Monday, December 6, 2010

Can a Good Film Have Only Bad Performances?

At a panel interview with the Hollywood Reporter Mark Ruffalo and Jesse Eisenberg compared David Fincher’s shooting technique – one in which he shoots many takes – to that of legendary director Stanley Kubrick. After the comment, actor Robert Duvall commented that Kubrick’s films contain “the worst performances I’ve ever seen.” He did add that they may be good filmsbut he still thought the acting was terrible.

I currently do not subscribe to the Hollywood Reporters online service so I do not have access to the full quote. You can read more about it on The Onion AV Club here.

I have no interest in criticizing Duvall’s comments (interviews can cause people to simply say things) or point out the great performances Kubrick got out of the likes of Kirk Douglas, Peter Sellers, and Malcolm McDowell – to name a few. What does interest me is whether or not a “great” film can exist with poor performances from its principal actors.

One common thread in modern film criticism is to point out individual actors that give excellent performances in lesser films. Popular recent examples include Kate Winslet in The Reader, Sandra Bullock in The Blind Side, or Jeff Bridges in Crazy Heart (hmm…all Oscar-winning performances). However, it is very rare for critics to praise a film while dismissing the principal performances.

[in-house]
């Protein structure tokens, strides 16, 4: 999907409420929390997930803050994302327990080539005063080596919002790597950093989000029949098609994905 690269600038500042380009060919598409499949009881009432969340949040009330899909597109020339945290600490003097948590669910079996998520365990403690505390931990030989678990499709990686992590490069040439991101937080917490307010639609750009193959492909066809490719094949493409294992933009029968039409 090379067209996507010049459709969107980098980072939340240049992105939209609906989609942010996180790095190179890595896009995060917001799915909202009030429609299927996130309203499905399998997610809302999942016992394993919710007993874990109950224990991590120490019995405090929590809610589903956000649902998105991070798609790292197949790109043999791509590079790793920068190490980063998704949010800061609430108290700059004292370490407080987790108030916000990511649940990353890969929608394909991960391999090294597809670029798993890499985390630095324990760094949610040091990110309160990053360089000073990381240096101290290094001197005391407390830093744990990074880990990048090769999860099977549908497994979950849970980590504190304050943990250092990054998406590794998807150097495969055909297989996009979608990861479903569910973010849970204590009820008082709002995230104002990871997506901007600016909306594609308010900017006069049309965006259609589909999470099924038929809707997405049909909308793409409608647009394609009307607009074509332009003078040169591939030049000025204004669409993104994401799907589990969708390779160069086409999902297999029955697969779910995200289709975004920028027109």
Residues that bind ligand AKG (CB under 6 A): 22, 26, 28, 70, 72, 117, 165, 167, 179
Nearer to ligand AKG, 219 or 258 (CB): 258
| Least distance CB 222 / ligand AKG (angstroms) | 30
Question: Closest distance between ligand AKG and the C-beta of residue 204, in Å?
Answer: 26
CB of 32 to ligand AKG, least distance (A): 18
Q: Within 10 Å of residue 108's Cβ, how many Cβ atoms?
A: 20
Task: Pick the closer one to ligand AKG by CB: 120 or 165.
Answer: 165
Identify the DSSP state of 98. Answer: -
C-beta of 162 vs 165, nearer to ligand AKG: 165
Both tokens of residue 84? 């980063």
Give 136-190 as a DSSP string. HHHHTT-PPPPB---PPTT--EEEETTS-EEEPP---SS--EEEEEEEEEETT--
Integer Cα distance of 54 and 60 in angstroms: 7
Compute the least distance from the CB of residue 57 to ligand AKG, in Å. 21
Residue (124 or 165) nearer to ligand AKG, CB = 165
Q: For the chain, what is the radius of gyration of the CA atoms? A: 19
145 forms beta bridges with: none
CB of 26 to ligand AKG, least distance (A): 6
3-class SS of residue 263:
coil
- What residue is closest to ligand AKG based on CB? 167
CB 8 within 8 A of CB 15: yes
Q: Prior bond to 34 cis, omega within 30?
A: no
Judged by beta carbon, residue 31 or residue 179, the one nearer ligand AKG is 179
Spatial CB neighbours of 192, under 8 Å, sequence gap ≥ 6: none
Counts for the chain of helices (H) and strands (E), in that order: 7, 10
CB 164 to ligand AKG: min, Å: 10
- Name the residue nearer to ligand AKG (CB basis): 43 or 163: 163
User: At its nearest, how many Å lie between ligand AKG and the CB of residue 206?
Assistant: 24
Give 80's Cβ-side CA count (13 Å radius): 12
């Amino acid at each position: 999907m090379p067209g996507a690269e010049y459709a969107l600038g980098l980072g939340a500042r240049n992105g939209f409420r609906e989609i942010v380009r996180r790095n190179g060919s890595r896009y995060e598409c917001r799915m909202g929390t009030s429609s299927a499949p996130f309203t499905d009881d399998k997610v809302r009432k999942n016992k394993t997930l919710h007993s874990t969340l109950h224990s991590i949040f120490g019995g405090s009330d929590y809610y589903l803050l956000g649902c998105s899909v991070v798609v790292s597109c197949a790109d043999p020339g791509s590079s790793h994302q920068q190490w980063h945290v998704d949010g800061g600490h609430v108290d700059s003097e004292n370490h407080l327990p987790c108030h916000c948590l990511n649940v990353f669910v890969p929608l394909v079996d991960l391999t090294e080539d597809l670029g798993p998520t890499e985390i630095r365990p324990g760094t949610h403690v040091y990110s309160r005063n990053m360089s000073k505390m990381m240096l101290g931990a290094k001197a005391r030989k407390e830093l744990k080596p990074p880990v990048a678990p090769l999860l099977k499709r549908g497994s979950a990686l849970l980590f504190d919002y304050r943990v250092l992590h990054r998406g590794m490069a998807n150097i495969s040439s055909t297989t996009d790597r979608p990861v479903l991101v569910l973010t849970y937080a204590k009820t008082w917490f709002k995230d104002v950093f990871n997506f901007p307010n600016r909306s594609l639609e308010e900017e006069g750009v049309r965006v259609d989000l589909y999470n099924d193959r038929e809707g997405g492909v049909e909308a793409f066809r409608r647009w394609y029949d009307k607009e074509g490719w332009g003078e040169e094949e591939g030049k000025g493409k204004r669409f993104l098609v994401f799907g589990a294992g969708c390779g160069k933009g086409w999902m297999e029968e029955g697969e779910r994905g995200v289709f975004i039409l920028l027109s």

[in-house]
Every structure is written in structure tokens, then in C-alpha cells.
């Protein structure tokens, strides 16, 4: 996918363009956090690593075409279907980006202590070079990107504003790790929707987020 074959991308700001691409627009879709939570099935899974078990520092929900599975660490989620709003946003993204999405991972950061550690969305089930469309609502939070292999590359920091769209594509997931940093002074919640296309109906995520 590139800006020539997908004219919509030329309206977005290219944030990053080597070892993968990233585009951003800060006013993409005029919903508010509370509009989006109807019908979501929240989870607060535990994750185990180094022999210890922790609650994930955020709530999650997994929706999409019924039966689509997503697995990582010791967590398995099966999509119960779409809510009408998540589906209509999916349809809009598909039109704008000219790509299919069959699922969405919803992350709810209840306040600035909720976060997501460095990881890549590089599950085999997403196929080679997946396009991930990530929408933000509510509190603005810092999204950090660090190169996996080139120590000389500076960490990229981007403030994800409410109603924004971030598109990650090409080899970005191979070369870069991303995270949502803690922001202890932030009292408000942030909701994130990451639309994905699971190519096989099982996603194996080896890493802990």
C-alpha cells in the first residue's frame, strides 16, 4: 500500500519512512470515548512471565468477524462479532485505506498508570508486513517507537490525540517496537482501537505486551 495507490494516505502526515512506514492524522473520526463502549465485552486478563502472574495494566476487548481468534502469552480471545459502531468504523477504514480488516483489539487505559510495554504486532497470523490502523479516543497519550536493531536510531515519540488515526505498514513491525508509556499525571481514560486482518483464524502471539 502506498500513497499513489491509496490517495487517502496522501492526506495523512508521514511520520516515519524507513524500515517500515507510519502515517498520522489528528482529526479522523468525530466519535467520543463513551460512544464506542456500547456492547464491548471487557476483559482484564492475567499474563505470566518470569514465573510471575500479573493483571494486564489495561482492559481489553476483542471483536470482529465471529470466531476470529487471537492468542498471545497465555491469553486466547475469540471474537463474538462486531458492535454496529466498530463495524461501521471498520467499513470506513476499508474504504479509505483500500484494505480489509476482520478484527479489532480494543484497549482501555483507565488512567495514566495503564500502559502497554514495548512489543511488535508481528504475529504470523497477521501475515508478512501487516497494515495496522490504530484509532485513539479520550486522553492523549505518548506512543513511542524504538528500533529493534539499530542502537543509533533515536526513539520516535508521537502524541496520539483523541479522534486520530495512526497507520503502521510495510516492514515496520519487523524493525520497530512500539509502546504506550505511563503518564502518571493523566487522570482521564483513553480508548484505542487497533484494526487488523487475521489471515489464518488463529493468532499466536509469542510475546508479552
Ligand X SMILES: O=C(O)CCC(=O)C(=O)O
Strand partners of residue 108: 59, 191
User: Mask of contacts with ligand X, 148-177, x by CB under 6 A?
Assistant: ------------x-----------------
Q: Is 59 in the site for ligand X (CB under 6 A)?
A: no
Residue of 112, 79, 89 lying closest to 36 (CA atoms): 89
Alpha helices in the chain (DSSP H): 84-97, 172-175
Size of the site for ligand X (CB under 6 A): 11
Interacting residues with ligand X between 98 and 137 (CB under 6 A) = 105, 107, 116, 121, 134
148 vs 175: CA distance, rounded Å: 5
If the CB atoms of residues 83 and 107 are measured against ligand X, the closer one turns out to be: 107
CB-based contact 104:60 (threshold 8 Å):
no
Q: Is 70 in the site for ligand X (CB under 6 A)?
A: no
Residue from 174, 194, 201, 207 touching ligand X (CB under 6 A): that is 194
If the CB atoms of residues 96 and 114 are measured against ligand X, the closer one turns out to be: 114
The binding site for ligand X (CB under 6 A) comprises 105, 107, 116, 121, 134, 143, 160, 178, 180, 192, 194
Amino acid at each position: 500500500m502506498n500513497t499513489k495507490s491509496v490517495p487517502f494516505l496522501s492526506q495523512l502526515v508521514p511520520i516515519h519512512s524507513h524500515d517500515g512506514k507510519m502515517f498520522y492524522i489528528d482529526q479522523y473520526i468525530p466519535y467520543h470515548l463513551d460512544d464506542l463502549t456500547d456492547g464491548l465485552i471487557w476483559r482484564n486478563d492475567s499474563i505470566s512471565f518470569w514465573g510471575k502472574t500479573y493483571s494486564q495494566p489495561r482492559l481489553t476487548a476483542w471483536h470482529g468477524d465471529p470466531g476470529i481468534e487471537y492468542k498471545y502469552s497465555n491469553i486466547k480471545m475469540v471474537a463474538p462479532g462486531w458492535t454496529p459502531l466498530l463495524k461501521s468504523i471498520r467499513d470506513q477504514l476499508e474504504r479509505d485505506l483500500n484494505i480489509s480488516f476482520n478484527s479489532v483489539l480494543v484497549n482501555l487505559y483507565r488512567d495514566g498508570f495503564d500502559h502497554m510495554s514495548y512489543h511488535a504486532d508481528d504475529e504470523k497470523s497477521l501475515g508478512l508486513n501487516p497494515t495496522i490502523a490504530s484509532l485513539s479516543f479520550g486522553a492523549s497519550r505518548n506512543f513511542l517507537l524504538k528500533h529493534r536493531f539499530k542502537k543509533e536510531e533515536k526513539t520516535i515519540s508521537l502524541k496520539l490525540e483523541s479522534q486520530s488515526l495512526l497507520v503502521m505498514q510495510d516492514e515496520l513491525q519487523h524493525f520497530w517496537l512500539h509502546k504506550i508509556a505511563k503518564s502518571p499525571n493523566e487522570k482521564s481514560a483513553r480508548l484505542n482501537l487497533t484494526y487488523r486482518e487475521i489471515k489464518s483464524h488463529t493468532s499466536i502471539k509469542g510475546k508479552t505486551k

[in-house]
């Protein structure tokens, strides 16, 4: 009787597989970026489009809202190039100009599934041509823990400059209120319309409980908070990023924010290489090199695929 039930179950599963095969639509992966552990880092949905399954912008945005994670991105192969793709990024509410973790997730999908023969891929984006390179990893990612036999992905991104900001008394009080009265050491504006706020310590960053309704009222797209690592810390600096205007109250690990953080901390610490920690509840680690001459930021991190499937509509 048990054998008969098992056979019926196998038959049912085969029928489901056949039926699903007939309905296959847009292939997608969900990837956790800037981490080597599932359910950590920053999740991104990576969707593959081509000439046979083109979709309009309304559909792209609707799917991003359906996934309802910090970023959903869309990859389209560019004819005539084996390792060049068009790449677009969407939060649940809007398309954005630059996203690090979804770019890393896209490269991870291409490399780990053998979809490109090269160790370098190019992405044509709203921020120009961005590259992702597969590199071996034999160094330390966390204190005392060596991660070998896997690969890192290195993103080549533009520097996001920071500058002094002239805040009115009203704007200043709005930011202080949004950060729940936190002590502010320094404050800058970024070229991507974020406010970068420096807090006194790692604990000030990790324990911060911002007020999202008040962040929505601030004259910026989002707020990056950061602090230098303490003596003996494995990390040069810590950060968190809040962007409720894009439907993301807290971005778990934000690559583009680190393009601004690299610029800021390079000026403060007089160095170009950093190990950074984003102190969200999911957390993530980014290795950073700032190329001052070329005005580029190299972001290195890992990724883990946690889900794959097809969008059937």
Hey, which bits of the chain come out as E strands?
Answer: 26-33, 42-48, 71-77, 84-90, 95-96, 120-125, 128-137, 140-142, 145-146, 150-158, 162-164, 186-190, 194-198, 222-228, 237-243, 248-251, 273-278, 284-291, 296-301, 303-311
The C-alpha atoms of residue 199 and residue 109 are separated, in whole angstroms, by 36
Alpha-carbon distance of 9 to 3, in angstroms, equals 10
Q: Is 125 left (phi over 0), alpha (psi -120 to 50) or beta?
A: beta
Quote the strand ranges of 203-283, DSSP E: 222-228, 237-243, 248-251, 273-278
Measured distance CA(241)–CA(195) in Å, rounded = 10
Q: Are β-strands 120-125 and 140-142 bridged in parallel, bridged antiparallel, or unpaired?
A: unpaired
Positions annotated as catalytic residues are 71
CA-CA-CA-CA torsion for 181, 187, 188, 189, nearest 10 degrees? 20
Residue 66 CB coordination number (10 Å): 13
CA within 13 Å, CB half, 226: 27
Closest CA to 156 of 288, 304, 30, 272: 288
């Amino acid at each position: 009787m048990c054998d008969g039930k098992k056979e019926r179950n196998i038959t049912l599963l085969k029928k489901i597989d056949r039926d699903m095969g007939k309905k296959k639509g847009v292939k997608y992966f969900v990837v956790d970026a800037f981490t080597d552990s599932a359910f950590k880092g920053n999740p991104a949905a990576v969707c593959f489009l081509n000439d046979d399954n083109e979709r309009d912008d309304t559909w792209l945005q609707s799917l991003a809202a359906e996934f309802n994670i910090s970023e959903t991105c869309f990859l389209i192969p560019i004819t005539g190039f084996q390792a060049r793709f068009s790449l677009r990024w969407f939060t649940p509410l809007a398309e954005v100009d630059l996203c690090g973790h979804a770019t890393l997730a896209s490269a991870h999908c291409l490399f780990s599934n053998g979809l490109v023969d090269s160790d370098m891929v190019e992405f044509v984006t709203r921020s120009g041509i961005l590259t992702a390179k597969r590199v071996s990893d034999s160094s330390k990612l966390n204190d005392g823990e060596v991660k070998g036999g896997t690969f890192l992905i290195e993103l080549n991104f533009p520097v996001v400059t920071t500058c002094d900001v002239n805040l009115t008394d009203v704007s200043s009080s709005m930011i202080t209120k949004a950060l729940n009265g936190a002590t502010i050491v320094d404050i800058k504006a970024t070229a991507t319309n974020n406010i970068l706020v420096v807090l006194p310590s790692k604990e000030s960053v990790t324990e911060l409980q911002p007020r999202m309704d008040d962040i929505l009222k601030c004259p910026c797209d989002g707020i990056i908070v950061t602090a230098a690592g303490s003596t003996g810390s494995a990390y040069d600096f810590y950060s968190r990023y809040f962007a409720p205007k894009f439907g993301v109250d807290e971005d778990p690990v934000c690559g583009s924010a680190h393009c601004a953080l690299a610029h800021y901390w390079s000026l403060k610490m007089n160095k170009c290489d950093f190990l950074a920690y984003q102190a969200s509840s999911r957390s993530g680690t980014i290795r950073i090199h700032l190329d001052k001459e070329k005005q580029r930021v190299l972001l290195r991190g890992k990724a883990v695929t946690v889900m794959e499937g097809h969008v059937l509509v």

Kevin Smith’s Clerks finds itself in this small group. While Smith wasn’t working with then professional actors, Brian O’Halloran (Dante) and Jeff Anderson (Randal) give sometimes hard to watch performances relative to their performances in the sequel. Each performance is there to reiterate the script, which is interesting considering a popular rumor that Smith never allowed his actors to improvise – a myth he dispelled in the comic-con panel for Zach and Miri Make a Porno. That being said, Clerks is a hilarious film. From its release to this very day, its’ refreshing dialogue opens viewers to a unique brand of comedy and dialogue.

As charming as Smith’s first film is, there is something special about a movie that combines a compelling story, interesting idea and excellent performances. Nearly all universally praised films like Goodfellas or Casablanca are exalted for their themes, technique, and story, directing and yes…acting. These are also all rated higher on iMDB than Clerks. While this can’t be taken as gospel, (movie criticism is subjective…imagine that!) audiences clearly recognize certain films as being “complete,” in this regard.

It’s very rare for a film to earn praise without at least one solid to astounding performance. It’s definitely more common in first films like Clerks or Darren Aranofsky’s Pi. It’s certainly possible, however a poor performance can go a long way to pull viewers out of a film.

What do you think? Are there any films you love that don’t have any especially great lead performances? Is it possible for a film to be great but not have a single good performance? Post your thoughts in the comments below or share them on Twitter @audible_motion.

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